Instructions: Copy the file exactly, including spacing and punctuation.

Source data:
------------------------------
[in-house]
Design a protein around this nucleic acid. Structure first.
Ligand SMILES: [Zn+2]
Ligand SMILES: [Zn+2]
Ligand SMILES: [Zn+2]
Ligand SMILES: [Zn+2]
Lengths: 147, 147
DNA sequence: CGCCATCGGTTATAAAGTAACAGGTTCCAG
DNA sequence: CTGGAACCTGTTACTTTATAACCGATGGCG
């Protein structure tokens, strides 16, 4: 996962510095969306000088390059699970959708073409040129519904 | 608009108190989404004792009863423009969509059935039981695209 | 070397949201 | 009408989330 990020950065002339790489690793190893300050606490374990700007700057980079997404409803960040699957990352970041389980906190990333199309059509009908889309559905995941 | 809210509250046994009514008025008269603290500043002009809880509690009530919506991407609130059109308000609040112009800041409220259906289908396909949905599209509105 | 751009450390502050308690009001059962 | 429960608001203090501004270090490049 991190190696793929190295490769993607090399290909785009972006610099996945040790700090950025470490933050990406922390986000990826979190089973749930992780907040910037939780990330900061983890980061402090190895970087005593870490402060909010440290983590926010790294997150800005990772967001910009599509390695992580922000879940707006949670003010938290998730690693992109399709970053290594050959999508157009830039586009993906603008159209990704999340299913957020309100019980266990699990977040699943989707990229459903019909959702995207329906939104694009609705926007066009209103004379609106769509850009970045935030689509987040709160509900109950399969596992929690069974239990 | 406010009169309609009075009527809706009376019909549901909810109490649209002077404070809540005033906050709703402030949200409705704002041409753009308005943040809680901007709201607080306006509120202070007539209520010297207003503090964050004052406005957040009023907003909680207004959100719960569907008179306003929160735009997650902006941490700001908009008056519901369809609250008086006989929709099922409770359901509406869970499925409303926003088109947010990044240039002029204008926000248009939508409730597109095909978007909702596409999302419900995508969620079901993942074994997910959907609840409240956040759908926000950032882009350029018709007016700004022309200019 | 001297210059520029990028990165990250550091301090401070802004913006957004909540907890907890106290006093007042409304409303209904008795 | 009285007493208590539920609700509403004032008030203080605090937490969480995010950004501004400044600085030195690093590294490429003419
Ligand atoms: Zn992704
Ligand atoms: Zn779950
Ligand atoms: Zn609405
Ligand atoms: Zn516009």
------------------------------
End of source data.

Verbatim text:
[in-house]
Design a protein around this nucleic acid. Structure first.
Ligand SMILES: [Zn+2]
Ligand SMILES: [Zn+2]
Ligand SMILES: [Zn+2]
Ligand SMILES: [Zn+2]
Lengths: 147, 147
DNA sequence: CGCCATCGGTTATAAAGTAACAGGTTCCAG
DNA sequence: CTGGAACCTGTTACTTTATAACCGATGGCG
């Protein structure tokens, strides 16, 4: 996962510095969306000088390059699970959708073409040129519904 | 608009108190989404004792009863423009969509059935039981695209 | 070397949201 | 009408989330 990020950065002339790489690793190893300050606490374990700007700057980079997404409803960040699957990352970041389980906190990333199309059509009908889309559905995941 | 809210509250046994009514008025008269603290500043002009809880509690009530919506991407609130059109308000609040112009800041409220259906289908396909949905599209509105 | 751009450390502050308690009001059962 | 429960608001203090501004270090490049 991190190696793929190295490769993607090399290909785009972006610099996945040790700090950025470490933050990406922390986000990826979190089973749930992780907040910037939780990330900061983890980061402090190895970087005593870490402060909010440290983590926010790294997150800005990772967001910009599509390695992580922000879940707006949670003010938290998730690693992109399709970053290594050959999508157009830039586009993906603008159209990704999340299913957020309100019980266990699990977040699943989707990229459903019909959702995207329906939104694009609705926007066009209103004379609106769509850009970045935030689509987040709160509900109950399969596992929690069974239990 | 406010009169309609009075009527809706009376019909549901909810109490649209002077404070809540005033906050709703402030949200409705704002041409753009308005943040809680901007709201607080306006509120202070007539209520010297207003503090964050004052406005957040009023907003909680207004959100719960569907008179306003929160735009997650902006941490700001908009008056519901369809609250008086006989929709099922409770359901509406869970499925409303926003088109947010990044240039002029204008926000248009939508409730597109095909978007909702596409999302419900995508969620079901993942074994997910959907609840409240956040759908926000950032882009350029018709007016700004022309200019 | 001297210059520029990028990165990250550091301090401070802004913006957004909540907890907890106290006093007042409304409303209904008795 | 009285007493208590539920609700509403004032008030203080605090937490969480995010950004501004400044600085030195690093590294490429003419
Ligand atoms: Zn992704
Ligand atoms: Zn779950
Ligand atoms: Zn609405
Ligand atoms: Zn516009």